New Delhi: At a time when investability in China is being questioned, shifting geopolitical realities offer India an opportunity to shine, Morgan Stanley said in a report.
When the 15-nation UN security council hastily called for a vote in February to condemn Vladimir Putin’s invasion of Ukraine, India joined China and Qatar to abstain.
It was a difficult balancing act. Delhi did not want to alienate Russia, an important historical friend, which supplies 46 per cent of its military equipment, without also antagonizing the US, its largest trading partner.
India also depends on Russia’s diplomatic support at the UN for its claims over Kashmir.
After all, the Soviet Union has used its veto six times at the Security Council on India’s behalf, Morgan Stanley said in the report.
For Delhi, though the abstention vote was an embarrassment, the clear and present dangers come from a prickly Pakistan and a muscular China.
India is forging its own geopolitical path in this multipolar world and focusing on its strategic interests, Morgan Stanley said.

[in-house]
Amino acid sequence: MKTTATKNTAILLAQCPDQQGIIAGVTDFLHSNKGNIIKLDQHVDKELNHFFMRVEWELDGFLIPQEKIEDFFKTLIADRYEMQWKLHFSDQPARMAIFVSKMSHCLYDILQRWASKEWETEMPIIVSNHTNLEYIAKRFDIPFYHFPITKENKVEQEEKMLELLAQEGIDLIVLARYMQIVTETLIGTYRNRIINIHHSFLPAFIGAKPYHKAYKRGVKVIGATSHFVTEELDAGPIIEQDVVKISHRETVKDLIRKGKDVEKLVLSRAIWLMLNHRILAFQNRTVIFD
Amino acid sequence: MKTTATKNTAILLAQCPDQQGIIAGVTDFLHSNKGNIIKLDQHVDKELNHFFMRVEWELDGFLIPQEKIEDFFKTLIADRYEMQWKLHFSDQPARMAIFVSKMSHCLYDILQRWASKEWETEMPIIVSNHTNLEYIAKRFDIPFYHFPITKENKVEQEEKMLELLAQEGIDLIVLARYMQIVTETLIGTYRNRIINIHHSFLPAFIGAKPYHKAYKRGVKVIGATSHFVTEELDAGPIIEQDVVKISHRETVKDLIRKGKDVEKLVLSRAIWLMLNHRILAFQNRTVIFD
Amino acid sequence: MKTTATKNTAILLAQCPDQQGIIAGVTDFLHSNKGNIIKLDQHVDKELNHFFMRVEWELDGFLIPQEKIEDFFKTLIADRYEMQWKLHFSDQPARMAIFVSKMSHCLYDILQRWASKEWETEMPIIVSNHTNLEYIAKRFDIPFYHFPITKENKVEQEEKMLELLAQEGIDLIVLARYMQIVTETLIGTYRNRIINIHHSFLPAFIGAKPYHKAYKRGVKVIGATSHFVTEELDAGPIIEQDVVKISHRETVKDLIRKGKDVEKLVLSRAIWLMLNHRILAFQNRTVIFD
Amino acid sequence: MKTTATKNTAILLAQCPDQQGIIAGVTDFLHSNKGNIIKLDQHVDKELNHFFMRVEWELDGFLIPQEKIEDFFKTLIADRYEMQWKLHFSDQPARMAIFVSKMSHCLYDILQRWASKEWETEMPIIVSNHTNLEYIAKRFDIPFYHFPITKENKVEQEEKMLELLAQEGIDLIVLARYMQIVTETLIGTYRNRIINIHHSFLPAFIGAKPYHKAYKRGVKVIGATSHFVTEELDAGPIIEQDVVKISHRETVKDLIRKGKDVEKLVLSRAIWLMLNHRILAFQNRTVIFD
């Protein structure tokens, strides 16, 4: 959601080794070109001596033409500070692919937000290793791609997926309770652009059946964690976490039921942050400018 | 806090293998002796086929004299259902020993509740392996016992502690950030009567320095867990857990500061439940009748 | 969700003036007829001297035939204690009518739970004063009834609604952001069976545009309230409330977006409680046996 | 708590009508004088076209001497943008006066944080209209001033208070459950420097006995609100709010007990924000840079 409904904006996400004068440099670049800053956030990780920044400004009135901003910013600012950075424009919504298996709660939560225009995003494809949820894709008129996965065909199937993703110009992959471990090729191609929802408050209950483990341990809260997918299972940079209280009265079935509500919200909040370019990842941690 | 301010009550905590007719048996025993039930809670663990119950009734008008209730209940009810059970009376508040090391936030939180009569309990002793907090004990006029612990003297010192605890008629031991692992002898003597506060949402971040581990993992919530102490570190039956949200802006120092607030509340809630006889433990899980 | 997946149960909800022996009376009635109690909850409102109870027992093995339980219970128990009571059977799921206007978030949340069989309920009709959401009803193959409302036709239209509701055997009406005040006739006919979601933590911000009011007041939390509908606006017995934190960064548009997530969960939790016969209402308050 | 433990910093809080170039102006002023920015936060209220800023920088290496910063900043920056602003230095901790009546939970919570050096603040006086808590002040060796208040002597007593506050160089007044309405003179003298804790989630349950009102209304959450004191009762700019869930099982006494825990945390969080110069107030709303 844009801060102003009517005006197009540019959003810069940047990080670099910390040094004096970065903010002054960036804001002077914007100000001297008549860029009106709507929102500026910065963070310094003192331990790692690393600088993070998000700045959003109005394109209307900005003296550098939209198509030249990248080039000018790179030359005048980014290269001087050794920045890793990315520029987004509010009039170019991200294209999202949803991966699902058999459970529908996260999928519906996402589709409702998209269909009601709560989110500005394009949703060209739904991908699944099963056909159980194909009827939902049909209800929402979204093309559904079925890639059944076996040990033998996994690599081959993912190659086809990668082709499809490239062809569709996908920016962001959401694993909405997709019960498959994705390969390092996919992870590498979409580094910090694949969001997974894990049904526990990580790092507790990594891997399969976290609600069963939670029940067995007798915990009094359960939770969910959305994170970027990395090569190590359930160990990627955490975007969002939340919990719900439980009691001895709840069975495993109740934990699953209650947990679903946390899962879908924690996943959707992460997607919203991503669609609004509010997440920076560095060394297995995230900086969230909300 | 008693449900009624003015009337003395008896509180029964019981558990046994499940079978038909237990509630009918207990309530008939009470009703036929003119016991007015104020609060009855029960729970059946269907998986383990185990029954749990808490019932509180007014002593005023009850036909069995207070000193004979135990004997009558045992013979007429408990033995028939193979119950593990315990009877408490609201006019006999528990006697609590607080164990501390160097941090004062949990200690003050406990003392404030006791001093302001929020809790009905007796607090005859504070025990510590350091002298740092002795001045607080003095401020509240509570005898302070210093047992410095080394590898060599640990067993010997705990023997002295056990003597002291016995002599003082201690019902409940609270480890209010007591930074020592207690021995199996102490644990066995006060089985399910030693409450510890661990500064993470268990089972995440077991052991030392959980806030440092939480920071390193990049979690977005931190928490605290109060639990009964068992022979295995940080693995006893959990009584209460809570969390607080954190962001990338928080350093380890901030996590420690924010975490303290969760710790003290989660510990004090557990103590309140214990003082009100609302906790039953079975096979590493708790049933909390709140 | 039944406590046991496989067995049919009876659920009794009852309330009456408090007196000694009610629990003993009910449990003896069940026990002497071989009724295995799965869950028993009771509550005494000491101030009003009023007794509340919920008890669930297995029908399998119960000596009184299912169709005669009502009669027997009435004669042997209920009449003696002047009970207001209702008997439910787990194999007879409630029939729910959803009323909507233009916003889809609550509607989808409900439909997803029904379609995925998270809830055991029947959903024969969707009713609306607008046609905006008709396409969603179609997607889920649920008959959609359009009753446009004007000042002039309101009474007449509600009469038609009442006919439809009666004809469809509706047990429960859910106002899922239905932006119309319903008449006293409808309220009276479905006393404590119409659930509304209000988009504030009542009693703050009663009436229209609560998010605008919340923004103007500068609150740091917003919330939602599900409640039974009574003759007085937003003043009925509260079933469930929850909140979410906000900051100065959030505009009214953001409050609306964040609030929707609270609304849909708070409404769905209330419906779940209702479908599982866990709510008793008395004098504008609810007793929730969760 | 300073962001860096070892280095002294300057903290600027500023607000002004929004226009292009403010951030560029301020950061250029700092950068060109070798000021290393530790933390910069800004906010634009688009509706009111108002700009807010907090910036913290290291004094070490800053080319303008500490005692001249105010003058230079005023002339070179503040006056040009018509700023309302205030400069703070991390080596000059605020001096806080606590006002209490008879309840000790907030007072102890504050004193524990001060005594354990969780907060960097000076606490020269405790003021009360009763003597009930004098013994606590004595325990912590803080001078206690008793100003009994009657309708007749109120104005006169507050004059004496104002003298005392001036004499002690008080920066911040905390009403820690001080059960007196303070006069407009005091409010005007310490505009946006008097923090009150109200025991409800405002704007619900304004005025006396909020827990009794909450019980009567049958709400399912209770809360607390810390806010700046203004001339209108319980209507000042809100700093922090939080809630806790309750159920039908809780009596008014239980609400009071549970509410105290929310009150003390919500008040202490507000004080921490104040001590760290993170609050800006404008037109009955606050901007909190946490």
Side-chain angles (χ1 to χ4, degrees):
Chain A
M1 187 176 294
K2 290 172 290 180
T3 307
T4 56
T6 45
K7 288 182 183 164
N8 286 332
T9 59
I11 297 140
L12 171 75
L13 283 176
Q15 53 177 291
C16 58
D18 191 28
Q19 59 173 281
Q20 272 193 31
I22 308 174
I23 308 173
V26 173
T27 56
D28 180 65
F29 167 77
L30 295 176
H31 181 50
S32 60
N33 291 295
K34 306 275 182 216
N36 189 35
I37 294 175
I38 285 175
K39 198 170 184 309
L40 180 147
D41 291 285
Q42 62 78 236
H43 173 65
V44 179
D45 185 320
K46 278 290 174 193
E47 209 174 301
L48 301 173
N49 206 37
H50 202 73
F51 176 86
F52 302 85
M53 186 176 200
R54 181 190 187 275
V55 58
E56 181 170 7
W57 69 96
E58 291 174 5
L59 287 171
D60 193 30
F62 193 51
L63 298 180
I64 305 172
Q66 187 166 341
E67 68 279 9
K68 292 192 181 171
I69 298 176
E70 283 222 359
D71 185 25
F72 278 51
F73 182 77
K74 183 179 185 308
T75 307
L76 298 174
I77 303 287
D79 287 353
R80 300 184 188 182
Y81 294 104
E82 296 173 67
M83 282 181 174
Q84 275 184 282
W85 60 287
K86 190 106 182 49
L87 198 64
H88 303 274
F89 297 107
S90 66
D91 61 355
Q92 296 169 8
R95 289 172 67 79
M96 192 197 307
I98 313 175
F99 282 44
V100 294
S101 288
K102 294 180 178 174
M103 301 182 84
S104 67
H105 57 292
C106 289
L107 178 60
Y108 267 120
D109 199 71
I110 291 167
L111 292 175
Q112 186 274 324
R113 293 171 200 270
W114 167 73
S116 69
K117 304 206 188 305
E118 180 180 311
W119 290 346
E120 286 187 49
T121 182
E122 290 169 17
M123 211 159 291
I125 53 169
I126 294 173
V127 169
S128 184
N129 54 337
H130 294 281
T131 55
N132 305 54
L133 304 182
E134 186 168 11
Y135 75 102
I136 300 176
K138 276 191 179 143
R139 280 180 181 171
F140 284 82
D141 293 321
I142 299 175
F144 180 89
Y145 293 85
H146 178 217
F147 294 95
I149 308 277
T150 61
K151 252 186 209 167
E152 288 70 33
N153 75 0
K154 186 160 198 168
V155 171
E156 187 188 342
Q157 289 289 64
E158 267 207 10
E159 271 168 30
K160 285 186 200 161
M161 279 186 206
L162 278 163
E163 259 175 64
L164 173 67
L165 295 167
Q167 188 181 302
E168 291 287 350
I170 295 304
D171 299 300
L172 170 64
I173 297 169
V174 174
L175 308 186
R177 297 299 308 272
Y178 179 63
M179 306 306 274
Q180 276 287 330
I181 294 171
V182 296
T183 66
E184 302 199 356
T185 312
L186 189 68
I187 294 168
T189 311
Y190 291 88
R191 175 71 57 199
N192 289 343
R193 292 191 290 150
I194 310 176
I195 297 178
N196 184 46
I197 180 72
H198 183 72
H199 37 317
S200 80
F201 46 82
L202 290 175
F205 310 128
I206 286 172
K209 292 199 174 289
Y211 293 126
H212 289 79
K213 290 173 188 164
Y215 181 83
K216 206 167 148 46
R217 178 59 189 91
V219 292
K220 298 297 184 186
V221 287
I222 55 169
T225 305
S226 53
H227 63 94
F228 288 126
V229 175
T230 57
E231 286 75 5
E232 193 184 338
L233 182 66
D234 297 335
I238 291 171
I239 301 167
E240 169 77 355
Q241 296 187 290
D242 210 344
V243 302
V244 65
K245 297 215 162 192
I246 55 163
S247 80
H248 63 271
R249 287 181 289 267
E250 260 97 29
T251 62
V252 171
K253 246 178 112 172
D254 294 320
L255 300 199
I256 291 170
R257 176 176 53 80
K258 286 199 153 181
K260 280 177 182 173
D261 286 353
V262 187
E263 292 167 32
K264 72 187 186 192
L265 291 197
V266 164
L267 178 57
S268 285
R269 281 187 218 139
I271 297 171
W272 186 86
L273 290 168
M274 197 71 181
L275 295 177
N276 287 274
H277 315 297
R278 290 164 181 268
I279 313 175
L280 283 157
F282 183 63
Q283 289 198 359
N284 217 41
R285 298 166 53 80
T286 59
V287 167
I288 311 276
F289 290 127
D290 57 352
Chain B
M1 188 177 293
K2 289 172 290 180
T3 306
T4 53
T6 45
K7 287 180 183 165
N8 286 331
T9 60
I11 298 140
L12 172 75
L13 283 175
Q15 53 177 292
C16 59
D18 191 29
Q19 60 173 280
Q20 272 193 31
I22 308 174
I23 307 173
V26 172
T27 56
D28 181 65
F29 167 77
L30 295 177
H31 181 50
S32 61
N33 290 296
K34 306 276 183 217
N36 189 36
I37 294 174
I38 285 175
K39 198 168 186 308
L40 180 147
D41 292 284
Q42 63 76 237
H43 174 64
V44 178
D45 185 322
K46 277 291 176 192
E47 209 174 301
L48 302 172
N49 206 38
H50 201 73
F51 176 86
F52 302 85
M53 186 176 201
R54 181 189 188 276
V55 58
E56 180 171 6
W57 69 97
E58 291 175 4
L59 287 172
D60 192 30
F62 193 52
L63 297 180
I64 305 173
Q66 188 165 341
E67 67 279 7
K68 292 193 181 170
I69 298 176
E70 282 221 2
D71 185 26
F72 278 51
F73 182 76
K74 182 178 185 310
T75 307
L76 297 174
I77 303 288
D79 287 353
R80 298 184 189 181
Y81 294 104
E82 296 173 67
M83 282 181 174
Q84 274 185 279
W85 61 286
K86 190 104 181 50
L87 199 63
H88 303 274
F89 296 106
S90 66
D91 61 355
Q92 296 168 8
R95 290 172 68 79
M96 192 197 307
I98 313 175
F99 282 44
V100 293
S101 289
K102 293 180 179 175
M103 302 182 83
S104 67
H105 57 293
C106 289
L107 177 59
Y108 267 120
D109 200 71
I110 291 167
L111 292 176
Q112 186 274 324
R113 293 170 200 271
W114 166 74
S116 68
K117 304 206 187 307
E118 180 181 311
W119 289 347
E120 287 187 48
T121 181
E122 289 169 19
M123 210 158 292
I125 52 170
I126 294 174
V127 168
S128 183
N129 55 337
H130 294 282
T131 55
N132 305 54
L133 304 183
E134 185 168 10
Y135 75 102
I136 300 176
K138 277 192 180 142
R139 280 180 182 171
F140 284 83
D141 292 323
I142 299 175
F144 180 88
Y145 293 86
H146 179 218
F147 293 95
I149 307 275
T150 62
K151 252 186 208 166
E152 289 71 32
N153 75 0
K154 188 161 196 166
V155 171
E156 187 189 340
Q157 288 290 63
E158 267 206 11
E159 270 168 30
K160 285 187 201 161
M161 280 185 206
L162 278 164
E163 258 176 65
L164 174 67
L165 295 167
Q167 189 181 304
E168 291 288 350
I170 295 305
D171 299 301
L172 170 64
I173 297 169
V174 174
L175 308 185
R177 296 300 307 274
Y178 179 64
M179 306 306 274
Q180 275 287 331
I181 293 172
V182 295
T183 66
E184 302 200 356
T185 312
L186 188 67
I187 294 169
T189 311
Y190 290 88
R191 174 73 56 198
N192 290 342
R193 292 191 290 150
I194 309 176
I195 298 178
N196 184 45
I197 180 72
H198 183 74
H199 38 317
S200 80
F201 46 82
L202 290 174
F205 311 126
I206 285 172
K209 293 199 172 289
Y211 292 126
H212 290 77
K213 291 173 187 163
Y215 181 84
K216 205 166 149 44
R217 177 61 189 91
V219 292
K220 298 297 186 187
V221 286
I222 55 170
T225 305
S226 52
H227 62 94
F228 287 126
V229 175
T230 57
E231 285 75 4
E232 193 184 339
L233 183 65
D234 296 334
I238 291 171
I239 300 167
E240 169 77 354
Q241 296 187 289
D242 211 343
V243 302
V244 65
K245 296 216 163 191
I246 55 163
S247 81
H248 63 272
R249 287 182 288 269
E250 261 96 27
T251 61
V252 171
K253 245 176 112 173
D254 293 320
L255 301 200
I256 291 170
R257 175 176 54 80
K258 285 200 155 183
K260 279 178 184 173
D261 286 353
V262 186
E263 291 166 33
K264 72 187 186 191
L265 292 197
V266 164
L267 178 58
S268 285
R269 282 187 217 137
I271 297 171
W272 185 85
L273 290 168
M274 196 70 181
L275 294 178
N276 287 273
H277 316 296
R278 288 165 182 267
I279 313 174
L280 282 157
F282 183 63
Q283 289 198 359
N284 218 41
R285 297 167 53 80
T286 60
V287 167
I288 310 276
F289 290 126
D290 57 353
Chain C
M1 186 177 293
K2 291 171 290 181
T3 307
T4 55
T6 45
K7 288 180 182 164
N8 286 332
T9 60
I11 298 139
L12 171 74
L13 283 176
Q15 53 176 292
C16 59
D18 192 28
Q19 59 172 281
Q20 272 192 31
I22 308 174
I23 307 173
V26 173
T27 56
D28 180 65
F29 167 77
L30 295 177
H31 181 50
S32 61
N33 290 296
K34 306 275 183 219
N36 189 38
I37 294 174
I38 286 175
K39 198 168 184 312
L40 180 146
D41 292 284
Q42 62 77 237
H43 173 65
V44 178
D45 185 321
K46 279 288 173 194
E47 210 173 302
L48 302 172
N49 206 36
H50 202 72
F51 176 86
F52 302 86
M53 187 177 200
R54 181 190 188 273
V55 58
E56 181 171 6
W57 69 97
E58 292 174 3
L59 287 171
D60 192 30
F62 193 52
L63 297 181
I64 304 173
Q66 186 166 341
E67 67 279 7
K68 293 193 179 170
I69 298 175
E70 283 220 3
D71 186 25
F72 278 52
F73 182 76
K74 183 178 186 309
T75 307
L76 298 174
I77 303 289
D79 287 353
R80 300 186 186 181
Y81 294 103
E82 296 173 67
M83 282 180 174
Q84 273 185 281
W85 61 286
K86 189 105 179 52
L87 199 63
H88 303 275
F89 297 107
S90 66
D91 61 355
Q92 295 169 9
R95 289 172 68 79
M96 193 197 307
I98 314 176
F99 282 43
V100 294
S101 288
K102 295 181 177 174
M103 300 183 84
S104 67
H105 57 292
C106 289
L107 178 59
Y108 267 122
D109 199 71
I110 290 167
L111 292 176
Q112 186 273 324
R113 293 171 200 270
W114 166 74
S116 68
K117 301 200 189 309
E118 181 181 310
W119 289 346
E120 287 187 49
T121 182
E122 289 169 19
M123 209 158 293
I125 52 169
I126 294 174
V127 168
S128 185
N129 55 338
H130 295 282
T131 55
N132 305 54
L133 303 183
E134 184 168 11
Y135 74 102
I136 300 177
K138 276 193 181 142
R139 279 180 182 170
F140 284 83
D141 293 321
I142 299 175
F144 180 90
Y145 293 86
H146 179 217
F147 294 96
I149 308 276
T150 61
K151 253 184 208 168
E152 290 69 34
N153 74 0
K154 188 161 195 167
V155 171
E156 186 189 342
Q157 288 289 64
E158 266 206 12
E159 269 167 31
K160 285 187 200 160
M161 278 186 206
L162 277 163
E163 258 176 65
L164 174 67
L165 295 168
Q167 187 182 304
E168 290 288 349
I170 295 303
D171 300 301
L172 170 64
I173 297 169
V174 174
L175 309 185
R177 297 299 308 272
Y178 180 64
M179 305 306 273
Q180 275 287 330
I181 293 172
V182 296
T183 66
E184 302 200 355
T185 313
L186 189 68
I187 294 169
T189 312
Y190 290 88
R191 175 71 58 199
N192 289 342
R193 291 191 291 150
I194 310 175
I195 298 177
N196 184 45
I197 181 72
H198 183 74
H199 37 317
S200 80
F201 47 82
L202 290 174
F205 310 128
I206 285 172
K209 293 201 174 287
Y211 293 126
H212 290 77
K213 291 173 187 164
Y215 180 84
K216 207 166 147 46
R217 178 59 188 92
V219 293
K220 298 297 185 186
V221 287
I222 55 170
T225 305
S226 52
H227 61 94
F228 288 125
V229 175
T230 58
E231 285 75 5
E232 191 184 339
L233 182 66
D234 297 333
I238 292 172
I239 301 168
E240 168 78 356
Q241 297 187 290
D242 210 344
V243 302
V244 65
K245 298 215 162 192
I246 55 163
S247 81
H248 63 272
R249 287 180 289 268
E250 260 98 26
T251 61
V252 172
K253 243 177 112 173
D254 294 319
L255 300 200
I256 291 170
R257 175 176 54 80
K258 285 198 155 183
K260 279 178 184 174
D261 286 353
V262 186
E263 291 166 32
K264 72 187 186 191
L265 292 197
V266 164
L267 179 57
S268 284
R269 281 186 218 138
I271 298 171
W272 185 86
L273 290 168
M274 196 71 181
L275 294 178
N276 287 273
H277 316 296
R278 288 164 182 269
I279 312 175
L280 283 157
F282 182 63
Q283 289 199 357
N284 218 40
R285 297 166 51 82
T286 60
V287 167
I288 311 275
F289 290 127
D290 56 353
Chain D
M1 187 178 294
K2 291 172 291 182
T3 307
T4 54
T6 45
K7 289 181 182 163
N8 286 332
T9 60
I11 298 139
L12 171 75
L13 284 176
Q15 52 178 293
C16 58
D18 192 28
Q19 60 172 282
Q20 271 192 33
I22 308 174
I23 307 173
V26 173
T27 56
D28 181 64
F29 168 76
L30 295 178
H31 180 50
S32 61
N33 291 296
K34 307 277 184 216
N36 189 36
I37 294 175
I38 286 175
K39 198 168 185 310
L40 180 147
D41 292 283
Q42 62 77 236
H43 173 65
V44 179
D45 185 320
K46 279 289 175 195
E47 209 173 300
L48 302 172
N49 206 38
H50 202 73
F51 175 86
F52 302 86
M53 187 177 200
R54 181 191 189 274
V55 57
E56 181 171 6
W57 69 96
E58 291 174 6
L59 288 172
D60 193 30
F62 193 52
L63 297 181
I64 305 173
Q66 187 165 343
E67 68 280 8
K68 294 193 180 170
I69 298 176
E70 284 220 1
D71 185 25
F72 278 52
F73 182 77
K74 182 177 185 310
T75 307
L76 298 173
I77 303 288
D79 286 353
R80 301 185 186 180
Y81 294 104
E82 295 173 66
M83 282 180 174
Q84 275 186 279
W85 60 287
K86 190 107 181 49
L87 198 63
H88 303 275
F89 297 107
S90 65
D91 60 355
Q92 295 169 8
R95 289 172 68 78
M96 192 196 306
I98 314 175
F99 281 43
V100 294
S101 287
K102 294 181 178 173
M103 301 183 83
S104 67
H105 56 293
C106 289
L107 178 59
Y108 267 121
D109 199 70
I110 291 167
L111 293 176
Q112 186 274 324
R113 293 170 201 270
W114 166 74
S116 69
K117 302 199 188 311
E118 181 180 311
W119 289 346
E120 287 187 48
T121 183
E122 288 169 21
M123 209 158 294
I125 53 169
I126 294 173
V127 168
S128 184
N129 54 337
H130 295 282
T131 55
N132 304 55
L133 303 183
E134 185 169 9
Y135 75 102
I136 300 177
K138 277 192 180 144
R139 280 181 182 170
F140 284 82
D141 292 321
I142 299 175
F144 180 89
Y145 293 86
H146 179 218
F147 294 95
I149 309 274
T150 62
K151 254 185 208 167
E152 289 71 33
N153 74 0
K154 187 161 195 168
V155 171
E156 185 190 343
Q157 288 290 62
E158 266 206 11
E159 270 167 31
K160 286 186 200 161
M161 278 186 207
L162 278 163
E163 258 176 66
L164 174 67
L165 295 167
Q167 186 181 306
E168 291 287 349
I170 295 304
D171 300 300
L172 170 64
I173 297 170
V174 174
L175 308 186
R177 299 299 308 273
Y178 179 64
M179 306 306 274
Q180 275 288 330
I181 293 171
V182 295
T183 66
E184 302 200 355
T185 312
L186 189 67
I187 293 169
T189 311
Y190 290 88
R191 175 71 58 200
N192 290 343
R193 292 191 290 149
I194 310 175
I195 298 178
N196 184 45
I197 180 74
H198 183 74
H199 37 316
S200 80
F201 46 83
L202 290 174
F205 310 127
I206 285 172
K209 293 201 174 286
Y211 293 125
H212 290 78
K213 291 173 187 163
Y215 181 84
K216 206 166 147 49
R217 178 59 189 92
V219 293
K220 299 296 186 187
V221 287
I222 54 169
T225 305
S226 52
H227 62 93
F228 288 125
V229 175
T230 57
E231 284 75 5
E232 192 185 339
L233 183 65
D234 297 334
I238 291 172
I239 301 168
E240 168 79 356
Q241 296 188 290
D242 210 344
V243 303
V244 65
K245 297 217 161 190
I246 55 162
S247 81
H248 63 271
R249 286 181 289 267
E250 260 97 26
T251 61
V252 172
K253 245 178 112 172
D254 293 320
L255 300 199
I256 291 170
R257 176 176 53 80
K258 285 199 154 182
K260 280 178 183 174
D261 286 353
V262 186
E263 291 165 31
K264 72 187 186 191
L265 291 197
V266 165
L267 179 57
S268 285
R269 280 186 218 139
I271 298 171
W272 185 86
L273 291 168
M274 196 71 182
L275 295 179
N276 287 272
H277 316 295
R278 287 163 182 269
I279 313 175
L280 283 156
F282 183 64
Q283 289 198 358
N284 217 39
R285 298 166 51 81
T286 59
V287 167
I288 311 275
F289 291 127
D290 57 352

That means siding both with Russia and joining Western alliances, such as the Quadrilateral Security Dialogue, alongside the US, Australia, and Japan.
From Brussels to Tokyo to Washington, governments are determined to lower their dependence on Beijing.
Coupled with its geopolitical stance, India’s economic condition is looking favourable for the rest of this decade.
India has not been able to realise the kind of industrial transformation that turned countries like China and South Korea into miracle economies by building their manufacturing capabilities.
Instead, India’s economic growth was led by services unlike the Asian tigers.
Recently there has been a change in the mindset from the Gandhian principles of small is beautiful, to actively incentivizing large scale manufacturing capacities through production linked incentive (PLI) schemes, the report said.